“International Law,” Encyclopedia of Jewish History and Culture, ed. Dan Diner, in association with the Simon Dubnow Institute for Jewish History and Culture, Leipzig. Stuttgart: J. B. Metzler Verlag, forthcoming.
English Translation of Vassily Grossman story, “Stary Uchitel’,” in Maxim Shrayer, ed., An Anthology of Russian-Jewish Literature, 1800-2000 (M. E. Sharpe, 2006).
“Di Rusishe Progresiv Muzikal Yunyon No. 1 af Amerike: The First Klezmer Union in the United States” in American Klezmer: Its Roots and Offshoots, ed. Mark Slobin (Berkeley: University of California Press, 2002).
“Neither the King’s English nor the Rebbetzin’s Yiddish: Yinglish Literature in America,” in American Babel: Literatures of the United States from Abnaki to Zuni, ed. Marc Shell. (Cambridge: Harvard University Press, 2002).
I work broadly on the intersection of Jewish culture, politics, and identity in modern Europe, Israel, and the United States. My recent book, Rooted Cosmopolitans: Jews and Human Rights in the Twentieth Century (Yale University Press, 2018), looks at the Jewish role in building and critiquing the modern human rights movement before and after World War II, focusing on transnational Jewish political activity in international legal circles and at the United Nations over the period from the 1930s to the 1980s. I aim through this work to rethink Jewish internationalism and the history of modern Jewish politics across the twentieth century, as well as relations between the State of Israel and the Jewish Diaspora. This work opens up into a larger reconsideration of the history of human rights and the relationship between nationalism, internationalism, and transnationalism in modern legal thought. Connected to this work, I have recently co-edited an anthology, The Law of Strangers: Jewish Lawyers and International Law in the Twentieth Century, that is devoted to rethinking how Jewish identity intersected with the careers and ideas of leading international lawyers across the middle decades of the twentieth century.
My current book project is entitled Blind Justice? Antisemitism and Civil Rights in Modern America. I intend it to be a new history of antisemitism in American life, and the different ways in which American Jews have tried (and not tried) to use law to fight it. A preview of my research and thinking on this can be found in this recent article of mine.
Zionism remains a key interest of mine, and I have long focused on its history, especially in relation to the question of the relationship between Zionism and Diaspora Nationalism in modern Jewish politics. By rereading the political writings of interwar American and East European Zionist leaders, and retrieving forgotten moments in global Jewish political organization (including the 1918 American Jewish Congress, the 1927 European Congress of Minorities, the 1943 American Jewish Conference, the 1945 San Francisco UN Conference, and the 1960 Paris Conference on Soviet Jewry), I argue for a reconceptualization of nationalism, liberalism, and minority rights in twentieth-century Jewish political history. My goal is to demonstrate how Zionist internationalism shaped European, American, and Israeli Jewish attitudes towards modern statehood and global nationhood before and after 1948. I have written a number of articles on this topic, two of which can be found here and here. Eventually I intend to write a new intepretitive history of Zionism based on this work.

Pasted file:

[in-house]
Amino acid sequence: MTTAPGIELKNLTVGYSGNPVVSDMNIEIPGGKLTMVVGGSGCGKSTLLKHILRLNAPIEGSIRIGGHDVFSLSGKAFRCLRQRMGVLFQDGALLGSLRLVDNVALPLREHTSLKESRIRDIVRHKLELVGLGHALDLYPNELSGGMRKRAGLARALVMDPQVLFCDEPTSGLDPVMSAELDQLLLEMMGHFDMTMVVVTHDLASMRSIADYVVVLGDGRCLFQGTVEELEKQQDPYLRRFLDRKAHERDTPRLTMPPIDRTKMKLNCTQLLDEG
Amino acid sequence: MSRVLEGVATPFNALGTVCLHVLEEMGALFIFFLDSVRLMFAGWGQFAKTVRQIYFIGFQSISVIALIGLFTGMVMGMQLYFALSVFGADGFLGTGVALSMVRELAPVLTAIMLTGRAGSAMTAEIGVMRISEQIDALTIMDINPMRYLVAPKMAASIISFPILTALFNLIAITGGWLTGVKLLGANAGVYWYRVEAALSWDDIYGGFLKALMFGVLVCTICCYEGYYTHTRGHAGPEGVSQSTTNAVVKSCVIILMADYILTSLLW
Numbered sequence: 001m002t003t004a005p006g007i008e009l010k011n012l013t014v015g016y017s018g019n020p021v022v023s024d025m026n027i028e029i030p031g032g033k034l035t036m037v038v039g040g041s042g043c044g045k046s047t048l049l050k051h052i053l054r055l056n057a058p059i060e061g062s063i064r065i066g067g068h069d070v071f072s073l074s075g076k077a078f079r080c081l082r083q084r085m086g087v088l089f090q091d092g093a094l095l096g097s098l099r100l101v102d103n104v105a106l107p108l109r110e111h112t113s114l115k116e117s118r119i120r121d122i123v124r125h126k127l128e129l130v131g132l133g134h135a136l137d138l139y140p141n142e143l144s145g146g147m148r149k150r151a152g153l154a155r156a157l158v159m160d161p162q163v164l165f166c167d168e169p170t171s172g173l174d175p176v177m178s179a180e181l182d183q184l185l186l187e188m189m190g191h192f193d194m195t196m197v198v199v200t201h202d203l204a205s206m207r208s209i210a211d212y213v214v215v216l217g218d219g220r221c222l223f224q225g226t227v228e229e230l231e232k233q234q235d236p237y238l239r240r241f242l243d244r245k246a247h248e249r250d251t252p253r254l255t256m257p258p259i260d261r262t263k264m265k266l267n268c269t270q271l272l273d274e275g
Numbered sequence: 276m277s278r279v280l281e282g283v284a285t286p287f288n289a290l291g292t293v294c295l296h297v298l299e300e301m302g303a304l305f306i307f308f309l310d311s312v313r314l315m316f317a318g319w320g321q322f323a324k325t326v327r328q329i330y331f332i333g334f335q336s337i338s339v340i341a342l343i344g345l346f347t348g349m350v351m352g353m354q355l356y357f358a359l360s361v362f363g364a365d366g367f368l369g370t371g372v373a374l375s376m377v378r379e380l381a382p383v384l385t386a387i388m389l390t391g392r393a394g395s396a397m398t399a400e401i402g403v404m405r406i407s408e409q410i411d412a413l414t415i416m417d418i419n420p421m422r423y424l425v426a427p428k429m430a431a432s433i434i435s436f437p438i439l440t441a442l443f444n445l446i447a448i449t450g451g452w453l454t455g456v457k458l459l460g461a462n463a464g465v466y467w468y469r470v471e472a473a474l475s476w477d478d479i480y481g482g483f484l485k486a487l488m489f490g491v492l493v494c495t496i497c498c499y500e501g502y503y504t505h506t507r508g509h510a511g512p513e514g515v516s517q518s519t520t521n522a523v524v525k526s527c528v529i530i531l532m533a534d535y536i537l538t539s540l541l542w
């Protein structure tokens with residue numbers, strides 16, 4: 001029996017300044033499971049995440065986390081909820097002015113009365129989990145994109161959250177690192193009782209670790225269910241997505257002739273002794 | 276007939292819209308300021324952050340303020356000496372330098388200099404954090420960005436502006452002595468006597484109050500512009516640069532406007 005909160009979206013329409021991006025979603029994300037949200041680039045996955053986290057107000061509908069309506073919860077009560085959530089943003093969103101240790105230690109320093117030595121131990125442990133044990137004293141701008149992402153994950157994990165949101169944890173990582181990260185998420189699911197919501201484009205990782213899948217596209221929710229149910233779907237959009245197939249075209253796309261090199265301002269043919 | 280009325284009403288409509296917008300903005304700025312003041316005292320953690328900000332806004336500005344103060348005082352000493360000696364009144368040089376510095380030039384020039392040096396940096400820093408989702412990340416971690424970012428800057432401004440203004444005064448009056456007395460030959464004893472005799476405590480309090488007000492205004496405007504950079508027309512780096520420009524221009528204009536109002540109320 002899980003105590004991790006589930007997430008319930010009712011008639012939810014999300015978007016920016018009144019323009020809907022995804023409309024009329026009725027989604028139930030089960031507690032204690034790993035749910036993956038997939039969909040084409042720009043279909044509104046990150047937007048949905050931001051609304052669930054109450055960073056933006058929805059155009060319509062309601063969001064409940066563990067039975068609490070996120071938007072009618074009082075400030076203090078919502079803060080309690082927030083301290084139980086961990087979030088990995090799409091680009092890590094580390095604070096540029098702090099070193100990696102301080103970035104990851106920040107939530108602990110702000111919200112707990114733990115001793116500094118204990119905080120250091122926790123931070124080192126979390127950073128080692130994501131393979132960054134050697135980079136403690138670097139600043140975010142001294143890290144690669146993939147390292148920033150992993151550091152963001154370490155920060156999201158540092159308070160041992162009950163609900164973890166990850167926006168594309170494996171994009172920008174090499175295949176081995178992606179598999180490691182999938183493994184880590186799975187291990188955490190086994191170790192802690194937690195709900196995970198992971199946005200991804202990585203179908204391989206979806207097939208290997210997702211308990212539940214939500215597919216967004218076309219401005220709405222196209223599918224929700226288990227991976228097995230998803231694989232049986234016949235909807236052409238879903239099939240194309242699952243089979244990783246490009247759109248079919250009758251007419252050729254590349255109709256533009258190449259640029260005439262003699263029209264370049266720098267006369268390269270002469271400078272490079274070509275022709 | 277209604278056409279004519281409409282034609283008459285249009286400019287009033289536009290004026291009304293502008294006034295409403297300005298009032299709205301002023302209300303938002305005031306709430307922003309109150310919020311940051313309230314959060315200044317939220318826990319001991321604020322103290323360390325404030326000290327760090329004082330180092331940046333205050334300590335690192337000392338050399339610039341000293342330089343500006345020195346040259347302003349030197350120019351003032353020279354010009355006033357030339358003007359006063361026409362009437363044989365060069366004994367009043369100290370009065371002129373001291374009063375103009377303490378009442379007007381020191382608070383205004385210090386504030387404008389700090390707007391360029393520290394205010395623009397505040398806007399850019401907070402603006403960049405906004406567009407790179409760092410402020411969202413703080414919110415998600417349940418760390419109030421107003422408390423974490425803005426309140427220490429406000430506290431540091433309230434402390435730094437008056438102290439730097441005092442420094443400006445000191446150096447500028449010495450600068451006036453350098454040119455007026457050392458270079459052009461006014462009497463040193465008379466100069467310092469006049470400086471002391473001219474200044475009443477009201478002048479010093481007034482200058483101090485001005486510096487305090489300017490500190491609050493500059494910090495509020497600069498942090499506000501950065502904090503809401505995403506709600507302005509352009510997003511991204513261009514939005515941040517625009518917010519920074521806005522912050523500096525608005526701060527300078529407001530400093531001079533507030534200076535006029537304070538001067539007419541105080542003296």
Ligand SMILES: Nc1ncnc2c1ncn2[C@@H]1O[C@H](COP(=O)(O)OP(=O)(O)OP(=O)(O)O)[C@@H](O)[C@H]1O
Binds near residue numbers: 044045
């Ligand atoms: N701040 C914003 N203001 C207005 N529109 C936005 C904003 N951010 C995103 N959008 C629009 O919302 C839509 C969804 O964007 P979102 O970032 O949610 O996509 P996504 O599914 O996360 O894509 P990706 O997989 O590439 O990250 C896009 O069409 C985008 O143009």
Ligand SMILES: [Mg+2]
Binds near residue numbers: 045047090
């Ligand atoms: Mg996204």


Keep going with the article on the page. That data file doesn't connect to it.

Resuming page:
My first book, The Most Musical Nation: Jews and Culture in the Late Russian Empire (Yale University Press, 2010), examines the role of music in the formation of modern Jewish national identity in nineteenth and twentieth-century Russia. Related articles include studies of antisemitism's impact on modern Jewish culture and the place of music in Zionist and Israeli culture.
I also have published extensively in the field of Jewish musical studies, with a specialization in the history of Jewish folk and art music traditions in Eastern Europe. Much of this research has informed my current non-academic writing about contemporary Holocaust memory and Jewish cultural identity in American society, including recent articles on "The Death of Jewish Culture" in Mosaic Magazine and "Richard Wagner's Antisemitism," in The New Republic. Together with Professor Edwin Seroussi of the Hebrew University of Jerusalem, I am currently at work on a biographical study of Avraham Zvi Idelsohn, the pioneering scholar of Jewish music, Zionist cultural activist, and composer of "Hava Nagila."
Through my work on Jewish politics and international human rights, I became interested in the forgotten pre-Holocaust life and post-Holocaust self-reinvention of Polish-Jewish lawyer Raphael Lemkin, the man who pioneered the UN Genocide Convention. A first intervention into the contemporary scholarly debates about Holocaust and Genocide Studies, based on new archival research on Lemkin's early years, can be found here. I am (slowly) at work on a book about Lemkin's life and afterlives, that also examines the complicated memory politics and uses of the Holocaust and genocide in contemporary debates about antisemitism, racism, and the Israeli-Palestinian conflict.
Awards & Honors
Robert A. Savitt Fellow, Jack, Joseph and Morton Mandel Center for Advanced Holocaust Studies, United States Holocaust Memorial Museum, Spring 2015.
Kluge Fellow, John W. Kluge Center, Library of Congress, Fall 2014.
Andrew W. Mellon Foundation New Directions Faculty Fellow, 2013-2014.
Association for Jewish Studies, Board Member, 2013-2016
Association for Jewish Studies, C0-Chair, Conference Division on Modern Jewish History in Europe, Asia, Israel and Other Communities, 2014-2015
Academic Advisory Council, Center for Jewish History, 2011-2014
Scholar-in-Residence, Pro Musica Hebraica Foundation, Washington, DC
Non-Resident Research Fellow, Jewish Music Research Centre, Hebrew University of Jerusalem, Israel
Academic Vice-Chair, The Jewish Music Forum, American Society for Jewish Music, 2006-present
University of Virginia Buckner W. Clay Endowment Faculty Award, 2011-2012
American Council for Learned Societies/National Endowment for the Humanities/Social Science Research Council Combined Postdoctoral Fellowship for Research on Eastern Europe and Eurasia, 2009-2010
University of Virginia Mead Honored Professors Teaching Award, 2009-2010
Irene Fromer Fellow in Jewish Studies, Columbia University, 2005-2006
Hays-Fulbright Doctoral Dissertation Research Award to Russia and Ukraine, 2003-2004
National Foundation for Jewish Culture Doctoral Dissertation Fellowship, 2003-2004
Center for Jewish History Doctoral Dissertation Fellowship, 2002-2003
Wexner Foundation Graduate Fellowship, 1998-2002
Internet and Popular Press Publications
“How Jews Can Fight Antisemitism with the Law,” The Atlantic, June 16, 2019.
“Antisemitism, Adorno and the Theory of Hate,” Marginalia - LA Review of Books, Mar. 1, 2019.
“Human rights treaties promised a better future. Why did they fail?” Washington Post, Dec. 20, 2018.